ABU DHABI // The UAE has been invited to join an elite club of countries that have contributed significantly to the United Nations' refugee agency. The Emirates has been invited to become a member of the UN High Commissioner for Refugees' (UNHCR) group of primary donors, all of which have given more than US$20 million (Dh73m) in the past year to pay for the agency's humanitarian efforts.
The group, formed in 2002 with nine members, is currently made up of 17 countries, including the US, Britain, Finland, Japan and Spain. "This means a real recognition for the humanitarian role of the UAE as the first Arab and Muslim country to become a member of the group," said a senior UN official. "It is a real appreciation of the work within the multilateral system to help refugees and internally displaced people."
A letter of invitation has been sent by the UNHCR to the Government, thanking it for its generosity and "in appreciation of the momentous role of the UAE's leadership, government and people in contributing outstandingly to humanitarian action in various parts of the world". So far, there has been no official reaction from the Government to the accolade. Membership in the group, described by the agency as "the world's major donors", will allow the UAE to attend monthly meetings hosted by the UNHCR.
According to the official, meetings can be convened at ambassadorial level by the high commissioner, but they are more commonly held at working level, in which representatives put forward ideas and discuss refugee-related topics. The UN official said he hoped the UAE would be able to join the group's next meeting on Friday in Geneva. "It is important to bring in an Arab and Muslim country into policymaking, and to have a UAE perspective," he said.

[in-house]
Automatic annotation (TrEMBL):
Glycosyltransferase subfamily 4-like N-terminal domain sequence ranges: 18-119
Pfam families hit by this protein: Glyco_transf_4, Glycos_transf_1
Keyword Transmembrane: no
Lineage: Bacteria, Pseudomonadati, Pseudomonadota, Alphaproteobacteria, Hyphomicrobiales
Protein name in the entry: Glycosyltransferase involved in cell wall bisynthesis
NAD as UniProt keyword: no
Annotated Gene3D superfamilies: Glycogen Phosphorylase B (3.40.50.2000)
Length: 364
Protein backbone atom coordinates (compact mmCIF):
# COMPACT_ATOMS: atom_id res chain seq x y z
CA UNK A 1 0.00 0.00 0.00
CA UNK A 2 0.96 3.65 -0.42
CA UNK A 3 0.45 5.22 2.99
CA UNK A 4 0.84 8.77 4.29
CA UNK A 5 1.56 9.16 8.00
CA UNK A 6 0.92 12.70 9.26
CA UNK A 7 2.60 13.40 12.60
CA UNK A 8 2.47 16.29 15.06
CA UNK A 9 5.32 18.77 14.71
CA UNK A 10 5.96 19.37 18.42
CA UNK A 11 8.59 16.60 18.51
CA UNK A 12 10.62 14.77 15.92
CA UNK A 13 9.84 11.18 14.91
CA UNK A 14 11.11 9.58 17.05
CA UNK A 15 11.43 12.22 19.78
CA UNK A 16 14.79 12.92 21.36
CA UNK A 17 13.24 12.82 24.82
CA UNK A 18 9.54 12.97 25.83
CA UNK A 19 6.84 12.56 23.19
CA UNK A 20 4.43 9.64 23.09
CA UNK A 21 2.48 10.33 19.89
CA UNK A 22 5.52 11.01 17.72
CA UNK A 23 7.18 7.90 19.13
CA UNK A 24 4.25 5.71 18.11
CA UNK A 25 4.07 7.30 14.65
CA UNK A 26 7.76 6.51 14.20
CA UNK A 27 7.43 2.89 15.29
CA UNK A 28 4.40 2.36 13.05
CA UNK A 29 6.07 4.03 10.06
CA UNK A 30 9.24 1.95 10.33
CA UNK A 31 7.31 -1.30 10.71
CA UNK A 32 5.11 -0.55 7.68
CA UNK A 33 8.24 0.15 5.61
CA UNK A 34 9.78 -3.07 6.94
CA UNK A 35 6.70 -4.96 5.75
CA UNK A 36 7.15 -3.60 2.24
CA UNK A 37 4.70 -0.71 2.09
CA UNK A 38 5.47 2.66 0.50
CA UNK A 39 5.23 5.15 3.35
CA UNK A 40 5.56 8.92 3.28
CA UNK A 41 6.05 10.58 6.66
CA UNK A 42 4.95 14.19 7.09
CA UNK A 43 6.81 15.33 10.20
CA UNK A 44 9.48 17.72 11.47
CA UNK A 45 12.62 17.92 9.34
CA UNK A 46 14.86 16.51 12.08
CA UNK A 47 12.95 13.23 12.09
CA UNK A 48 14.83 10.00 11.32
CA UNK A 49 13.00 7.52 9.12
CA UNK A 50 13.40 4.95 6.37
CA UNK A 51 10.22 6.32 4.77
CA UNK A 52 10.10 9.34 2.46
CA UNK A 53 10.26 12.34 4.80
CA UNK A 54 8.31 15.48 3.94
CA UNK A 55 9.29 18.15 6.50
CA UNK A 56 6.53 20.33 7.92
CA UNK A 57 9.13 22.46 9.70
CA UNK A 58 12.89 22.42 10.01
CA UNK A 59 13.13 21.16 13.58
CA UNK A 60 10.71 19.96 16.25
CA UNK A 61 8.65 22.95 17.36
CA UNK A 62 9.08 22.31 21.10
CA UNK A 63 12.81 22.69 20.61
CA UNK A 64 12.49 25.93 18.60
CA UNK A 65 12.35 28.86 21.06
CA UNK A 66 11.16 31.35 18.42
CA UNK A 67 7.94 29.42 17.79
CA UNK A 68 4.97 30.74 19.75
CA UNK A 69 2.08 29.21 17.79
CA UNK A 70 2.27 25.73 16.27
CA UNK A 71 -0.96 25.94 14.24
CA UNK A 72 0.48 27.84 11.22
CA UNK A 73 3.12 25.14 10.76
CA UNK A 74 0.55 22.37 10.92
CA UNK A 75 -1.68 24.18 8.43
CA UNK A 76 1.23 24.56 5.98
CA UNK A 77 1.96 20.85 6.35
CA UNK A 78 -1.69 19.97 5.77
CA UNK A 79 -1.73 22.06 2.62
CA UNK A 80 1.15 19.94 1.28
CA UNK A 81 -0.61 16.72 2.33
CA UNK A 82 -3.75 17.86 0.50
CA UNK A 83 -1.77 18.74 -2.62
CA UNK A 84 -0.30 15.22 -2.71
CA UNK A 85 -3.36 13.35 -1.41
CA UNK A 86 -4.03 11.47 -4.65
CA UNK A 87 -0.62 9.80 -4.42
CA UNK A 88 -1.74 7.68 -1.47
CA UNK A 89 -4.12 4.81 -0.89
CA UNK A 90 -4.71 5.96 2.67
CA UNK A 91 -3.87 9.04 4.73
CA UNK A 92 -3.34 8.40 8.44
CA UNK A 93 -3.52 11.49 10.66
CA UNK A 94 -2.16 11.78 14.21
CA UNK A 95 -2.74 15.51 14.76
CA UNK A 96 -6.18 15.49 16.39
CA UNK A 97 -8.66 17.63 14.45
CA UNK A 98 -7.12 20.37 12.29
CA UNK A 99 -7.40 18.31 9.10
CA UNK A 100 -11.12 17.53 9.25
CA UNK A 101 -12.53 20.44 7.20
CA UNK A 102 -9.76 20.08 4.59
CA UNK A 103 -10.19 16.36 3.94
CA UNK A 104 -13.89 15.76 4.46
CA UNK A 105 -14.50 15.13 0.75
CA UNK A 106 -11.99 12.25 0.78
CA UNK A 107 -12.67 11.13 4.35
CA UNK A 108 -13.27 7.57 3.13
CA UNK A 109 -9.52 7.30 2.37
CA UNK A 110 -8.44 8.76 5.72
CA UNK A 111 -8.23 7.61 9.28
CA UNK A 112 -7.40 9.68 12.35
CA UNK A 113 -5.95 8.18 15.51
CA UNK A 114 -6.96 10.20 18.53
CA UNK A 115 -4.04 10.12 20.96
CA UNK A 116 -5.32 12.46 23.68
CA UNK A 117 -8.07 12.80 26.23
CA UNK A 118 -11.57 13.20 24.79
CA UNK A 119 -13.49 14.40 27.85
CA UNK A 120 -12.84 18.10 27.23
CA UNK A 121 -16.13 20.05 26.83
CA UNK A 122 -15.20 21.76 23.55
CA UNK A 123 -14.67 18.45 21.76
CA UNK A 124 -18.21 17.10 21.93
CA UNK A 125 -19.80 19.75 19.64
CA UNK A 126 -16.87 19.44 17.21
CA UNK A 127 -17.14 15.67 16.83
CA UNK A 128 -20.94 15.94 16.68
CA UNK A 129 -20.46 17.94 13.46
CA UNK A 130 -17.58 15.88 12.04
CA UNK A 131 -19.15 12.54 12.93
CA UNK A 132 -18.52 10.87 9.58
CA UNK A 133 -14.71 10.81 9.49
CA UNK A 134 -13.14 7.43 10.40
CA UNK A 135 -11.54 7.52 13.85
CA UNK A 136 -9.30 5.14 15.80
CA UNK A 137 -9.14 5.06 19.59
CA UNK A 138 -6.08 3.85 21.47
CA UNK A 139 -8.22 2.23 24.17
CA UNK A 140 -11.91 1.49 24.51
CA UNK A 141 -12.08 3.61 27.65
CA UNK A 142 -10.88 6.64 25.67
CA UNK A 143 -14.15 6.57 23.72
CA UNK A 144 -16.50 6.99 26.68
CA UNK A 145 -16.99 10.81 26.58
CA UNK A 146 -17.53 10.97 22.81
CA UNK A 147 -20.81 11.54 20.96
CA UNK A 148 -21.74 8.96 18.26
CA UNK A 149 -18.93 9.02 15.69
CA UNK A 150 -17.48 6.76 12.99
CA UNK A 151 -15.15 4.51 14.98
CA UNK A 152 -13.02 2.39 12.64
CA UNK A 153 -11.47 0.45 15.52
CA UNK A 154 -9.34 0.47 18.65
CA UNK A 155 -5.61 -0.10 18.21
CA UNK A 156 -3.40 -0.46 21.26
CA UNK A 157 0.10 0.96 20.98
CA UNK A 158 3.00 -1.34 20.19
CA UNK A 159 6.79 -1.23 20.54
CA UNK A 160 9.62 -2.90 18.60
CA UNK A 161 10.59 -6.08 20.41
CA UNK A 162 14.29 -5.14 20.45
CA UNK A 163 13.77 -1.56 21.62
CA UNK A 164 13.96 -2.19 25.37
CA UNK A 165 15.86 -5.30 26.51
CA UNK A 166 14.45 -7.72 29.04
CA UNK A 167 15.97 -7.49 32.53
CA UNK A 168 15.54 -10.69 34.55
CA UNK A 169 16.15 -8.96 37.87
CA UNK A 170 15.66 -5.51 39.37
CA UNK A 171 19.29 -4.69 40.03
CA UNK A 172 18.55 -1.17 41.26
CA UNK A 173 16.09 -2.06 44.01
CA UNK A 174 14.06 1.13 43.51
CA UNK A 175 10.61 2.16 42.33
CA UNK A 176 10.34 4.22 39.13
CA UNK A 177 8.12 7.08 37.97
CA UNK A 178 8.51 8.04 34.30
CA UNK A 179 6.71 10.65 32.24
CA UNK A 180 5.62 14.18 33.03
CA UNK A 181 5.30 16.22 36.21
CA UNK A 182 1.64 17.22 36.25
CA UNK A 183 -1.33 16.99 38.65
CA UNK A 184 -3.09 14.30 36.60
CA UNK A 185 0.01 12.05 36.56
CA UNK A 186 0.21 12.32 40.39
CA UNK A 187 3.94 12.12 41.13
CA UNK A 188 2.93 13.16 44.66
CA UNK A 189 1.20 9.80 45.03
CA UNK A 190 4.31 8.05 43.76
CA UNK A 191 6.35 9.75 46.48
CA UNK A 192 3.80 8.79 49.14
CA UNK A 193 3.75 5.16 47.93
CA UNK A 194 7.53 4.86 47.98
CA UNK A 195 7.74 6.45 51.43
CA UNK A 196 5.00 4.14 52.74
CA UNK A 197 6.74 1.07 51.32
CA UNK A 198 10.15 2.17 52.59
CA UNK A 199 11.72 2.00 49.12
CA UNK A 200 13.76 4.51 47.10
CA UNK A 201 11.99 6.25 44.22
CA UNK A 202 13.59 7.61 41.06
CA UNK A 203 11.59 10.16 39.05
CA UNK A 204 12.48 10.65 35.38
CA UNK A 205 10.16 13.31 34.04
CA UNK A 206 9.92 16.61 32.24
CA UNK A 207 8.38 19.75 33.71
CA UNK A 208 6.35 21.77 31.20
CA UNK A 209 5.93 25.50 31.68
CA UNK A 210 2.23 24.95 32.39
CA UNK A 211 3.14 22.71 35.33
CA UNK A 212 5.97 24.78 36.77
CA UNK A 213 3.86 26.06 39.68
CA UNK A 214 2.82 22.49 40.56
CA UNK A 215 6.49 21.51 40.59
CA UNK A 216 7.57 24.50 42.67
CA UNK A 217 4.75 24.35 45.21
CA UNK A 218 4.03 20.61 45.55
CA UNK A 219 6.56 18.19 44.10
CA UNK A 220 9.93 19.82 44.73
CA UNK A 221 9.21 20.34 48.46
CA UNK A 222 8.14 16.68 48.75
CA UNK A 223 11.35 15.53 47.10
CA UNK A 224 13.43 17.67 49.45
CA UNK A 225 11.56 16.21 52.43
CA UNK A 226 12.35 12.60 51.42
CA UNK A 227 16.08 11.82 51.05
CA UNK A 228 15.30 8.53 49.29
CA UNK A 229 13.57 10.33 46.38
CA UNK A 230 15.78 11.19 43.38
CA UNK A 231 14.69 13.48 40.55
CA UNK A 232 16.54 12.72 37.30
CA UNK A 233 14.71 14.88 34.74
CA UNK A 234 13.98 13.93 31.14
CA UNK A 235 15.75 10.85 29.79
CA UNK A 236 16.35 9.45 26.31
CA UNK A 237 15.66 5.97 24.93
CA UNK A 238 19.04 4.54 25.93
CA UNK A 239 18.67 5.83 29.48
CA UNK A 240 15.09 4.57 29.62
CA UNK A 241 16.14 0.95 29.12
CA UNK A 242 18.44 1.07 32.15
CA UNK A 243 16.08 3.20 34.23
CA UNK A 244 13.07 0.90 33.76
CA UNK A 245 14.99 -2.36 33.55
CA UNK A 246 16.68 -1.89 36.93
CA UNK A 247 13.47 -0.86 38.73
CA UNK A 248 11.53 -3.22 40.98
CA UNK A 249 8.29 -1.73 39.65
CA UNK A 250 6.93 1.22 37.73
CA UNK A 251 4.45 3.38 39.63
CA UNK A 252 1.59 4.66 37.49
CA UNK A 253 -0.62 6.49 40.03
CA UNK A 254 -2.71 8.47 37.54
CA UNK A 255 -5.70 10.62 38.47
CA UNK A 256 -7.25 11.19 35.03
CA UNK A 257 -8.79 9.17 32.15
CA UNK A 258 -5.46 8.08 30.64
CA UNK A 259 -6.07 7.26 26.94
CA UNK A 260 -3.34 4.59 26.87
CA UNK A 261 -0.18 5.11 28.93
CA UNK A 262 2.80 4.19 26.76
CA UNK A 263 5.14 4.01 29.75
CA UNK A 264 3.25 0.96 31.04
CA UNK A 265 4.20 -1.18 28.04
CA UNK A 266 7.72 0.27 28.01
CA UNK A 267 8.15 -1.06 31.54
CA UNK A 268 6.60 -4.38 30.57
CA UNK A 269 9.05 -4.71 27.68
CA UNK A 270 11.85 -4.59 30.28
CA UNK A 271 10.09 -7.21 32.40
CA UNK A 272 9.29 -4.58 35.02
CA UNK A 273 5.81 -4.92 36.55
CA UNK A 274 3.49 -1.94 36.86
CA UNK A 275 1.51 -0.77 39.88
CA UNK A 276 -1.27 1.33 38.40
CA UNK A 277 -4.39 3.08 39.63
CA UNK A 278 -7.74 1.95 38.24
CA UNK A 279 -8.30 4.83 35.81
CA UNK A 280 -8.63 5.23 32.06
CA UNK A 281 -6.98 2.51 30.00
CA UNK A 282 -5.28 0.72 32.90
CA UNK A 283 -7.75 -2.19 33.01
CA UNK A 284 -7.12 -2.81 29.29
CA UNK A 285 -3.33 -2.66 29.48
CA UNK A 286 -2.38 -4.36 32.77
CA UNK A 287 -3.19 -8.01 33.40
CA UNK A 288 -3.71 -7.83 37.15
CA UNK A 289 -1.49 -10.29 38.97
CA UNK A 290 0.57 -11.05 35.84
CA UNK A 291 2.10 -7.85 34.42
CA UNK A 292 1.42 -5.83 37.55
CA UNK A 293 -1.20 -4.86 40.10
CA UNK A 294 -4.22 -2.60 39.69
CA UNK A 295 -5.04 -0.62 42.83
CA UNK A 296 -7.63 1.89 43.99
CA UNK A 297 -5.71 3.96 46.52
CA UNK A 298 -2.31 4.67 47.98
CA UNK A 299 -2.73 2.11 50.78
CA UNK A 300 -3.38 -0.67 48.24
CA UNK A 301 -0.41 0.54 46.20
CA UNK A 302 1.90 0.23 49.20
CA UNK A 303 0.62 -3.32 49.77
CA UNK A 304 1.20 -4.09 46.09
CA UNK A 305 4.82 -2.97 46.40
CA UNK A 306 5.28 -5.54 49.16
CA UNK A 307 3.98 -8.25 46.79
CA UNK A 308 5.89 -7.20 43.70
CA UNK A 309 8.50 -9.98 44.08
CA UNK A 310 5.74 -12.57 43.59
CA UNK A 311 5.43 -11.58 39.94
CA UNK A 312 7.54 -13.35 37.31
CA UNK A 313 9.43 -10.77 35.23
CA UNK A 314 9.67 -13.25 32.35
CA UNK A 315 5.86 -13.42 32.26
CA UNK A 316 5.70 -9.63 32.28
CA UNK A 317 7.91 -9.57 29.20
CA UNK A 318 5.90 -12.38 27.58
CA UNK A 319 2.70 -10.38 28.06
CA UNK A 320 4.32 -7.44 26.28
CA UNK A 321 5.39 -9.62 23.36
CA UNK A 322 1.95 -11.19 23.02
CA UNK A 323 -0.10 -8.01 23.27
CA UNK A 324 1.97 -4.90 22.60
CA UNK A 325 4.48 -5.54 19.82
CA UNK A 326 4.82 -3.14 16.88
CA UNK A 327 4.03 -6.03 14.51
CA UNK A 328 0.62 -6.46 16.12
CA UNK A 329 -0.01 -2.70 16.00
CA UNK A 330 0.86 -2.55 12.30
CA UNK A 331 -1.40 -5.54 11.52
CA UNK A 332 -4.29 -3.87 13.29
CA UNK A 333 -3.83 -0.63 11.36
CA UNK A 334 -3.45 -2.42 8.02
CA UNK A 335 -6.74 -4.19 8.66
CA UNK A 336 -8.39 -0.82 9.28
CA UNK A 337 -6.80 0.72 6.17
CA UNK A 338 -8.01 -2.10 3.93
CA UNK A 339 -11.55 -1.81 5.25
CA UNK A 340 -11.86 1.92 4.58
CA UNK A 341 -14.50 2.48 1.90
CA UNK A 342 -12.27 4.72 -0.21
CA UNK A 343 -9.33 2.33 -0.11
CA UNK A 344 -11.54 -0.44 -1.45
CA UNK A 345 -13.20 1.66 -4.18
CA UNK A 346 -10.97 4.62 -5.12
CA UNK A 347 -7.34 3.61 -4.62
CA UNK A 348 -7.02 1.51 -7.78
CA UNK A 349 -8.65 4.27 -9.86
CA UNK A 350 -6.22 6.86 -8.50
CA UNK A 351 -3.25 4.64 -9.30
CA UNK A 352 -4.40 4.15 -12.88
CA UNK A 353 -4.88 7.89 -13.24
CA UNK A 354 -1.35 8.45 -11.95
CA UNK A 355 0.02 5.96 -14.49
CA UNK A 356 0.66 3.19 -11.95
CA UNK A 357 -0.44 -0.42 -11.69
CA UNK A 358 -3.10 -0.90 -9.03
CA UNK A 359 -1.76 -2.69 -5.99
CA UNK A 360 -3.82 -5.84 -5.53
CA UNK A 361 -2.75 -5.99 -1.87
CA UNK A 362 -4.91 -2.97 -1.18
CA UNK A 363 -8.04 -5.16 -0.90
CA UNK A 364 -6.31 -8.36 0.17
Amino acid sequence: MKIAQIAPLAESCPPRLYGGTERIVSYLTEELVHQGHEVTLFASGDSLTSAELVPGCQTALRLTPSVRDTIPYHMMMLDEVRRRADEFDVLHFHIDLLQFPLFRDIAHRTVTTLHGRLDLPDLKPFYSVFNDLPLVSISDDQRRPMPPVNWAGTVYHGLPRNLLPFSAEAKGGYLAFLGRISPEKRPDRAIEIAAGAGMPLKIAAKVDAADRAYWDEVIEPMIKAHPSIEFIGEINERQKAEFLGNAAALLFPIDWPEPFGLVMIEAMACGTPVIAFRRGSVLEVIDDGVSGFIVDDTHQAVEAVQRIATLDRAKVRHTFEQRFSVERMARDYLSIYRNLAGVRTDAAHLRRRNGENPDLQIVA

"This is a big and significant development in the relationship between UNHCR and the UAE. The relationship is more of a partnership with the UAE and I hope it will improve further." In recent years, donors from the UAE - including individuals, organisations and government foundations - have increasingly engaged with UN agencies. In July, the Khalifa bin Zayed Foundation and the UNHCR signed an accord that was hailed as the refugee agency's largest partnership in the Arab world for three decades.
The agreement bolstered relief efforts to help two million internally displaced Pakistanis in the North-West Frontier Province and the Federally Administered Tribal Areas, after they sought refuge from the conflict between Pakistan's army and the Taliban. The UNHCR was founded in 1951 to assist the repatriation of people uprooted during the Second World War. It currently works with 10.5 million "refugees of concern" worldwide and also provides help to internally displaced people, the number of which reached 26m worldwide in 2008.
The agency is almost entirely funded by voluntary contributions, with 93 per cent of its budget coming from governments. In 2008, the top donors were the US, which contributed US$510m (Dh1.8 billion), the European Commission, which gave $130m and Japan, which donated $110m. The agency's annual budget doubled from $lbn in the early 1990s to $2bn this year. According to UNHCR, the largest numbers of internally displaced people last year were in Sudan, Colombia and Iraq.